SHANGHAI (Reuters) - Organizers barred journalists on Sunday from a publicly advertised event in Shanghai to attract Chinese investment in a U.S. real estate project linked to the family of President Donald Trump’s son-in-law in exchange for immigrant visas.
The two-tower luxury apartment complex in New Jersey, One Journal Square, is being developed by KABR Group and the Kushner Companies, which until recently was headed by senior White House advisor Jared Kushner, the husband of Trump’s daughter Ivanka.
The developers are seeking to raise $150 million, or 15.4 percent of funding for the project, from investors through the EB-5 visa program, according to marketing materials posted by the event’s organizer, immigration agency Qiaowai.
The controversial EB-5 program allows wealthy foreigners to, in effect, buy U.S. immigration visas for themselves and families by investing at least $500,000 in certain development projects.
“Sorry, this is a private event,” said a man stopping journalists from entering a function room on Sunday afternoon at the Four Seasons Hotel in Shanghai.
Guests at the event said Kushner’s sister, Nicole Kushner Meyer, spoke for about 10 minutes, including about her family’s humble roots.
According to the New York Times, Meyer attended a similar event in Beijing on Saturday and told the audience of about 100 people the project “means a lot to me and my entire family”.
Jared Kushner, whose White House portfolio includes relations with China, sold his stake in Kushner Companies to a family trust early this year. His lawyer said in a statement in March that Kushner was fully complying with ethics rules, removing himself from active participation in his prior businesses and divesting assets.
A Kushner Companies spokeswoman declined to comment in a New York Times article about the Beijing event published on Saturday.
The Times story said Meyer did not respond when asked if she was concerned about possible conflicts of interest facing her brother. Journalists from the Times and Washington Post were removed from Saturday’s Beijing event, the newspapers reported.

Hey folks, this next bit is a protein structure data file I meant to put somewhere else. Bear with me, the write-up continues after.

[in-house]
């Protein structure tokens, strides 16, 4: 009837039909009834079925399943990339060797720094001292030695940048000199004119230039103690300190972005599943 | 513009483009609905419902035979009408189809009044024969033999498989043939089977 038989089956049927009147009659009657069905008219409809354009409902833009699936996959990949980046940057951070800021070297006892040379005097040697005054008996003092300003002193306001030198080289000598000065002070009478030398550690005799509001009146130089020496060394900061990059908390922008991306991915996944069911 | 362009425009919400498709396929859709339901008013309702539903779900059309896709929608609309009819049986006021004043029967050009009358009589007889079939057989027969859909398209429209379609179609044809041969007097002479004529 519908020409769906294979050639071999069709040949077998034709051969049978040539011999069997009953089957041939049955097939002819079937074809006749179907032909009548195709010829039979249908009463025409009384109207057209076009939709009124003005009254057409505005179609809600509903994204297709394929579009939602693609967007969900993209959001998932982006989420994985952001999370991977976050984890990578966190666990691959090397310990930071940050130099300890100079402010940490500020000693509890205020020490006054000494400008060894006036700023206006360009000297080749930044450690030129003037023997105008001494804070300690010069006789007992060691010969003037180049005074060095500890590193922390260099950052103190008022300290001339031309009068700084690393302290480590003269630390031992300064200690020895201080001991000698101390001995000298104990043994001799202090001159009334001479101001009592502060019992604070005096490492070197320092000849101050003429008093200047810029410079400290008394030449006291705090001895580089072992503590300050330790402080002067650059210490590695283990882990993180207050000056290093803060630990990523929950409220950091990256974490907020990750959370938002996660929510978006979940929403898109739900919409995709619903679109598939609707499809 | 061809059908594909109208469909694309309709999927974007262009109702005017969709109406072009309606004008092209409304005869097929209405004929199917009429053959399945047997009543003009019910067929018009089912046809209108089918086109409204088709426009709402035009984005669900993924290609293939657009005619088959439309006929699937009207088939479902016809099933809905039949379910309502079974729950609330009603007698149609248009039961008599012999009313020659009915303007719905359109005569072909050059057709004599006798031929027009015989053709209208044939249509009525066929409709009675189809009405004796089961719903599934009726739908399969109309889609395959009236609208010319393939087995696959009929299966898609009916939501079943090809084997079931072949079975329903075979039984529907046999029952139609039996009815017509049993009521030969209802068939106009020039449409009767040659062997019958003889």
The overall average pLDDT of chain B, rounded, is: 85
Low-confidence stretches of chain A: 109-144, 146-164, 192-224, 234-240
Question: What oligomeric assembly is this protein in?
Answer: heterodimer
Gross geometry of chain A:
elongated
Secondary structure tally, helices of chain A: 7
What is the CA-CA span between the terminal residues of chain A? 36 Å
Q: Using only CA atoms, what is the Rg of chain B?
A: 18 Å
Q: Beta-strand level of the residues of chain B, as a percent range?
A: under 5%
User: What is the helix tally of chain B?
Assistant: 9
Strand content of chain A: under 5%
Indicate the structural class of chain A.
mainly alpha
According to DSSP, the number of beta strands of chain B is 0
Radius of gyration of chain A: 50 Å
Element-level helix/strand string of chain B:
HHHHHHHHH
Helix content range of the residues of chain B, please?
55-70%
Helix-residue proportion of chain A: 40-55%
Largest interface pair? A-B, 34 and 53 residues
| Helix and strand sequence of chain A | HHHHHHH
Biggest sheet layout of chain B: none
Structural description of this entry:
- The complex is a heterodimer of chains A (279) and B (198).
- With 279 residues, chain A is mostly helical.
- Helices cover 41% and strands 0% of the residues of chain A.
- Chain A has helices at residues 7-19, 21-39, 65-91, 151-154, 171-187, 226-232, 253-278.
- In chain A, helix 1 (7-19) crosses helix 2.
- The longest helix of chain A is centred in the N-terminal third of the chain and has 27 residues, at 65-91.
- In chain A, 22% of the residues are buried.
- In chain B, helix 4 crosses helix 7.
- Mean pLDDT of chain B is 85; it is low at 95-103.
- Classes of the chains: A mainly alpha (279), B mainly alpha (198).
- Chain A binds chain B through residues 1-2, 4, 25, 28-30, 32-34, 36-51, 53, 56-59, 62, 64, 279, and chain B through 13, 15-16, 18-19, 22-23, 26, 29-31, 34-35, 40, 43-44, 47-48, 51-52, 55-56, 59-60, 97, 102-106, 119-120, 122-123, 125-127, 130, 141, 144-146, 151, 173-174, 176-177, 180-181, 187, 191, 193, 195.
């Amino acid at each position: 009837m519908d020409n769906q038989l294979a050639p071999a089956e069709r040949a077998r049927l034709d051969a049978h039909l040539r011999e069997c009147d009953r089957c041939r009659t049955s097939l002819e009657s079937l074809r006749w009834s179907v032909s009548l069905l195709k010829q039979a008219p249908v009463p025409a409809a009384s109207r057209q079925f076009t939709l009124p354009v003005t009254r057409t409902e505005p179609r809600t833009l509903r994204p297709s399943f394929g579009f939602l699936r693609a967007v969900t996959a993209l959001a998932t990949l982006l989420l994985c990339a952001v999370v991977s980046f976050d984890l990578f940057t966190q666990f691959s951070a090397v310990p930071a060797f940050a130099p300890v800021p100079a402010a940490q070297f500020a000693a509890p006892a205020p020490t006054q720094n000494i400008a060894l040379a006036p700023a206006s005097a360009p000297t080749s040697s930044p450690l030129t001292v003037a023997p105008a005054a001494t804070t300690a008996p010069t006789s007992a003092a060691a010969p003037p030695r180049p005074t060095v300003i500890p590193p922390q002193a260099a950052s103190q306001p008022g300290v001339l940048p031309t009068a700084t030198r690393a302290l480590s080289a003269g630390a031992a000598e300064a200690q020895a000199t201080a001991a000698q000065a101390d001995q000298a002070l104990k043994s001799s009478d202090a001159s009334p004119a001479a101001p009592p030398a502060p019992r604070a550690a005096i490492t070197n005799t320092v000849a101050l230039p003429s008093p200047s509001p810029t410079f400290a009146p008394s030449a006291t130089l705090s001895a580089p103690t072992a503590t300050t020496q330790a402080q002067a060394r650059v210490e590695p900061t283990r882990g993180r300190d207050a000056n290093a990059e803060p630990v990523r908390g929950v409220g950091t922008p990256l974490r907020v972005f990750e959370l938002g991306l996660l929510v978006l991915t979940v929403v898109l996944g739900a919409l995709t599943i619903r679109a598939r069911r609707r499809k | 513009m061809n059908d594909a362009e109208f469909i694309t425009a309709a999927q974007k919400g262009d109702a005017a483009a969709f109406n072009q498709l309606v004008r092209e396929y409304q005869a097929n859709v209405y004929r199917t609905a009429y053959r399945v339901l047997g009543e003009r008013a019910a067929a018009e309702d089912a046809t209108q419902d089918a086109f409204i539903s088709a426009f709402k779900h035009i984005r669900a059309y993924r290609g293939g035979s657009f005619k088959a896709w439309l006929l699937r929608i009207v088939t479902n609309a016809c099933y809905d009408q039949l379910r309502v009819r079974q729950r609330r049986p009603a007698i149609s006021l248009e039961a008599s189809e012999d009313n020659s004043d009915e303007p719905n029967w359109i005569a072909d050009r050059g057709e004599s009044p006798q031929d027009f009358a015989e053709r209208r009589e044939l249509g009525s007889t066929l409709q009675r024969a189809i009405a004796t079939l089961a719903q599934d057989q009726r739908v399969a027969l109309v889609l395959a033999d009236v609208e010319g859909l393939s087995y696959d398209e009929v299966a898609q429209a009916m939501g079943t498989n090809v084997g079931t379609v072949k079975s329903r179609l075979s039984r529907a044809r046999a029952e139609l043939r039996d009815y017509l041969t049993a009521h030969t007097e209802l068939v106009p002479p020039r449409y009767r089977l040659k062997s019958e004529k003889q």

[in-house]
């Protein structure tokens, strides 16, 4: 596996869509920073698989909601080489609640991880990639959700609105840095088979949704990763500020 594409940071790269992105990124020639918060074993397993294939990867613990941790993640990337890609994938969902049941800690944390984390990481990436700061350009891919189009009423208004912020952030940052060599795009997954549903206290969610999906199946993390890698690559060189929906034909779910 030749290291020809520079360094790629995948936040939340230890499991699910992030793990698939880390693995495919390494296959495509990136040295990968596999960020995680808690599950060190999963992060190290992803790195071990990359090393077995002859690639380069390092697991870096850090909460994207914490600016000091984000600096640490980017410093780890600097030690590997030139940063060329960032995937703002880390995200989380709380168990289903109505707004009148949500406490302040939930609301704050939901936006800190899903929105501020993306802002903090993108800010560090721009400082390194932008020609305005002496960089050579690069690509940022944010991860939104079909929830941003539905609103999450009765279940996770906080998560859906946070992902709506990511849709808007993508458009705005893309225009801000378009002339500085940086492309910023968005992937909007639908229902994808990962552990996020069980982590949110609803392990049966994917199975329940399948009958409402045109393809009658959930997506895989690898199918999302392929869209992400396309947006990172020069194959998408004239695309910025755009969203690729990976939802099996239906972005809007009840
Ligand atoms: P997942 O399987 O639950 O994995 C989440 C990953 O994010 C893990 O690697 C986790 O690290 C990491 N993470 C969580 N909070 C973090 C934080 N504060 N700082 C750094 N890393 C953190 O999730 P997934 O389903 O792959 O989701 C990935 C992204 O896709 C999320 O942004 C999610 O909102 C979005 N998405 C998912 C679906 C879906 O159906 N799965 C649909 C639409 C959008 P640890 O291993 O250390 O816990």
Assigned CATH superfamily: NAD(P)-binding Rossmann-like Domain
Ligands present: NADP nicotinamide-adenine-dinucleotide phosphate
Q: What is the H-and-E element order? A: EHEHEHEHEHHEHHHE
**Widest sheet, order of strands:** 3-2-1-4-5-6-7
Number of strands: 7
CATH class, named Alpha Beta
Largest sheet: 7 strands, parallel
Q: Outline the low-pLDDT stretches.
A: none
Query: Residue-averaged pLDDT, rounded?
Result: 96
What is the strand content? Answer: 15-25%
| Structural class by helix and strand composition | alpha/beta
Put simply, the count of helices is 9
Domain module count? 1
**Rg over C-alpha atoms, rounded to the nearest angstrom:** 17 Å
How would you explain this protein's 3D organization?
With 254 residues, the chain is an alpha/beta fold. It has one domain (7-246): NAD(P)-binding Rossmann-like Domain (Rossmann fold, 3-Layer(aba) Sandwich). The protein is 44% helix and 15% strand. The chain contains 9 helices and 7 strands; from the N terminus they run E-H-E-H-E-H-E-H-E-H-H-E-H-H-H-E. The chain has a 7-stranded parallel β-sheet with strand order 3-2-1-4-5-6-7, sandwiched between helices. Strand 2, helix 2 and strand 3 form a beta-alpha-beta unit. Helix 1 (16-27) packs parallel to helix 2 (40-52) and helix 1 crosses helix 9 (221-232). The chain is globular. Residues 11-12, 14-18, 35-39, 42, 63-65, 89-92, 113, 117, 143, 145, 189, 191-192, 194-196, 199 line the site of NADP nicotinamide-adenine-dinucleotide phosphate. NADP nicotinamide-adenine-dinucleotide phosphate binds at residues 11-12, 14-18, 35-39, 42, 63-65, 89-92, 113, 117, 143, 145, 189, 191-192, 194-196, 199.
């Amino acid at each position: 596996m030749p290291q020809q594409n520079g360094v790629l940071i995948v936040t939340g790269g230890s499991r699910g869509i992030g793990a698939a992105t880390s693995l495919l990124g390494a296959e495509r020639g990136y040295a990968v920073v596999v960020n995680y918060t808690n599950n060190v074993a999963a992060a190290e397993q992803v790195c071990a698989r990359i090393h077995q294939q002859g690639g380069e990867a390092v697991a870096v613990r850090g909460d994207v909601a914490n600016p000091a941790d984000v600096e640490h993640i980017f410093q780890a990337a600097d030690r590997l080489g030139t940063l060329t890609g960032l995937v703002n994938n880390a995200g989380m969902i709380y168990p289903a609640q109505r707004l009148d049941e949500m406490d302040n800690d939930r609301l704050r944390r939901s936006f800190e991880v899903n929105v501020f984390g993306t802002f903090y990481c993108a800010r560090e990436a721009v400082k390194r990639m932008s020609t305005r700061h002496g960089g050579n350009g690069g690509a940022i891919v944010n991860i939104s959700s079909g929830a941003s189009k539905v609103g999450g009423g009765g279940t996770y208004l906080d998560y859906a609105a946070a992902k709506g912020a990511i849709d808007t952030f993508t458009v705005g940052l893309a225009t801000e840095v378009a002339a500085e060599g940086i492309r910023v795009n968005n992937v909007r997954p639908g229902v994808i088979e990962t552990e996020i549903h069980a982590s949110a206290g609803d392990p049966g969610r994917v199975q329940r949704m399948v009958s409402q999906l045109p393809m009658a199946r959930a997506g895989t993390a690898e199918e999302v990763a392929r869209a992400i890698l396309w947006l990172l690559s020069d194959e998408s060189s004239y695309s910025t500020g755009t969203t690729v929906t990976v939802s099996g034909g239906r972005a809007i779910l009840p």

One potential investor, Sophie Xing, said a “very important” factor in her decision to attend Sunday’s event was the fact that the project was a Kushner Companies investment and that Trump’s son-in-law’s sister would be showing up in Shanghai.
“Actually I really don’t know how close they are but I felt that this was a pretty good project,” she said.
In a promotional text message seen by Reuters, Qiaowai made note of Meyer’s relationship to Trump and called her the event’s “heavyweight honored guest”.
Qiaowei representatives at the event declined to answer questions from journalists, and calls to its listed phone number went unanswered.
Qiaowei is also known as QWOS. Its promotional materials for the project, which it also calls Kushner1, advertise the prospect of putting money in under the federal EB-5 program.
The program is popular among wealthy Chinese looking to shift assets abroad or move overseas, but it has come under fire in the United States.
Some U.S. lawmakers have called for changing or abolishing the EB-5 program, but the scheme was recently renewed by Congress until Sept. 30.
Potential investor Xing said a Kushner representative who spoke on Sunday stressed that EB-5 rules could change after September to raise the minimum required investment.
Another person who attended Sunday’s event, Liu Guoqi, was mindful of the potential rule change. Liu said he had been to previous pitches for EB-5 investments but had concerns about the risks.
“The whole thing may change later this year so we feel that there isn’t much time left,” he said.
In the United States, the EB-5 program has also sparked concerns about possible scams. Some immigrants have been burned by misrepresentations made about the program by promoters, both inside and outside the United States. Many have lost not only their money but their chance at winning U.S. citizenship.
Trump has vowed to clamp down on illegal immigration.
In addition to Beijing and Shanghai, the road show for One Journal Square was scheduled to hit the Chinese cities of Shenzhen, Guangzhou and Wuhan, according to Qiaowai’s marketing materials online.
It calls the Kushner family a “famous real estate clan”, and touts EB-5 immigration as “peace of mind”.
Qiaowai’s Chinese-language marketing material describes the project as “supported by the government, created by a star developer”, and says the project is its 87th EB-5 program.
Editing by Tony Munroe and Alex Richardson